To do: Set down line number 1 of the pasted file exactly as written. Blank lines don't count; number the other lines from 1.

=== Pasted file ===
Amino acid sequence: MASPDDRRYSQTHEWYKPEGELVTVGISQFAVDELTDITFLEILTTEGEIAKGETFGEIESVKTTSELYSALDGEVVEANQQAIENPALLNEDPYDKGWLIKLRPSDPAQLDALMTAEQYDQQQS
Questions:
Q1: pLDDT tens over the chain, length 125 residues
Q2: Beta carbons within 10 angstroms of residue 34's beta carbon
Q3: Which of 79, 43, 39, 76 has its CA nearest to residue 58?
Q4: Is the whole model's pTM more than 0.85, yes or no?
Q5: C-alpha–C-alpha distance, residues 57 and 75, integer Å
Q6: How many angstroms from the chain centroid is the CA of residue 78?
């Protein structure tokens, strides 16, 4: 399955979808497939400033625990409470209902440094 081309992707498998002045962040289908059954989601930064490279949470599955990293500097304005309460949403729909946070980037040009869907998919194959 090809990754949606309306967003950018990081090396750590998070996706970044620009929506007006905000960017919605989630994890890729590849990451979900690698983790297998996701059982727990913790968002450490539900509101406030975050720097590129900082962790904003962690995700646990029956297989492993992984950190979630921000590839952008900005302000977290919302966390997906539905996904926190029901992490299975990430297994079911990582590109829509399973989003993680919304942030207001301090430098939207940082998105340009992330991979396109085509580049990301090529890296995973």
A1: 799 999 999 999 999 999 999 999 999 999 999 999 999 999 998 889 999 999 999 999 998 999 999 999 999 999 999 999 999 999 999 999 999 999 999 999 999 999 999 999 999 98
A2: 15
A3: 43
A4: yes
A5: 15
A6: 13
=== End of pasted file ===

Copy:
Amino acid sequence: MASPDDRRYSQTHEWYKPEGELVTVGISQFAVDELTDITFLEILTTEGEIAKGETFGEIESVKTTSELYSALDGEVVEANQQAIENPALLNEDPYDKGWLIKLRPSDPAQLDALMTAEQYDQQQS